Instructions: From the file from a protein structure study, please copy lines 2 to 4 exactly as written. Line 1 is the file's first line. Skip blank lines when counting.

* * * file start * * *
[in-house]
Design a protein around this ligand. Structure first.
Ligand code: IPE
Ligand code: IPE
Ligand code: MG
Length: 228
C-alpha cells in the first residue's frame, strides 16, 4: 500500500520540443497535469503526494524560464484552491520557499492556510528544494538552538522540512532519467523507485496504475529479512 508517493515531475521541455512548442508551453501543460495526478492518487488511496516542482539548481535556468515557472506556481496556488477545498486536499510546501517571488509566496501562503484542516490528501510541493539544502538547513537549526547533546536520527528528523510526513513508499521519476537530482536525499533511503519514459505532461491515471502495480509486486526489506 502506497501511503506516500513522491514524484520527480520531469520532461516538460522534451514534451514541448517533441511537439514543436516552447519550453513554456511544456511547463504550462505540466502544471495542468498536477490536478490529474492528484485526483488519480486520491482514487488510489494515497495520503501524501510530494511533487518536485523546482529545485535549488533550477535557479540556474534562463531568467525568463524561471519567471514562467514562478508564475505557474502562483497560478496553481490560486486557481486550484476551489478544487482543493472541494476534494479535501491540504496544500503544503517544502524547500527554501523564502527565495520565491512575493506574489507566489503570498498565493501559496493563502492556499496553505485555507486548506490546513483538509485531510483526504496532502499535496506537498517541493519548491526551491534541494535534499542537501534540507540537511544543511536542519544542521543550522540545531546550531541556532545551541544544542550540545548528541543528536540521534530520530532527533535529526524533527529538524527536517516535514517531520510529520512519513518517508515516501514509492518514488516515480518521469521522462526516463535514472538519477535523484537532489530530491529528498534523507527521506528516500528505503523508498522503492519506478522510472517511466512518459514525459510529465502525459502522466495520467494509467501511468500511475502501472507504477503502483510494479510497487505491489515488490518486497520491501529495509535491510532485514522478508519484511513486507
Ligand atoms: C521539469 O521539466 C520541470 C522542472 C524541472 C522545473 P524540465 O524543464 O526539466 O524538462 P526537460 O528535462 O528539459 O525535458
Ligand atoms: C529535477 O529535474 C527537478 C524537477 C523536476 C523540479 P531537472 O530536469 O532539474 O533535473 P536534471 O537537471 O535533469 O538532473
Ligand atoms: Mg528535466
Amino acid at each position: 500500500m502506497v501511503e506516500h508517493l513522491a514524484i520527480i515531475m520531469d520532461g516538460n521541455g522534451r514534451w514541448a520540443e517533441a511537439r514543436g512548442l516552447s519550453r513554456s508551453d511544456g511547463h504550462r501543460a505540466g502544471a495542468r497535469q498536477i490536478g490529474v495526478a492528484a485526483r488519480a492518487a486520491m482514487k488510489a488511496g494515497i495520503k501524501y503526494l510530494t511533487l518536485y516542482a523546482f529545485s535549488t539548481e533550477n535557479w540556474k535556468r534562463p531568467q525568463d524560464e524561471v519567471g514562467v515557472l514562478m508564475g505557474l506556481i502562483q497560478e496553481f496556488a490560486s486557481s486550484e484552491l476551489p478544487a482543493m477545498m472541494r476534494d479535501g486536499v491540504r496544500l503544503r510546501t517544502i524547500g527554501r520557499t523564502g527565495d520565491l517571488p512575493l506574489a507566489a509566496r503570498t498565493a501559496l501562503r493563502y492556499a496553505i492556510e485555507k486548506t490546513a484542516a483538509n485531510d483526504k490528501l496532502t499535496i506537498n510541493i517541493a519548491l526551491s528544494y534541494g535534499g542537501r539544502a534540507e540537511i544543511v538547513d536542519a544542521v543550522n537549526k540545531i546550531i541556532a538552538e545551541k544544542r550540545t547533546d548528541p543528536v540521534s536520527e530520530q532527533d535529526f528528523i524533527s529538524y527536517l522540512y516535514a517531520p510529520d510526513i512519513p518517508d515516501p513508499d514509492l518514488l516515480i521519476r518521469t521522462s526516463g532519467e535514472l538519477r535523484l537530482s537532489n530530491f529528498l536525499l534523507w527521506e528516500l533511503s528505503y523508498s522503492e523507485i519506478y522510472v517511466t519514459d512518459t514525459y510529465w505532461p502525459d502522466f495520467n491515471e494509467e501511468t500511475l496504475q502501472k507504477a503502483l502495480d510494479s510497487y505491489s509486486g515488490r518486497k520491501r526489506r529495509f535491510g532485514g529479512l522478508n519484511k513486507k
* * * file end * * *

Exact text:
Design a protein around this ligand. Structure first.
Ligand code: IPE
Ligand code: IPE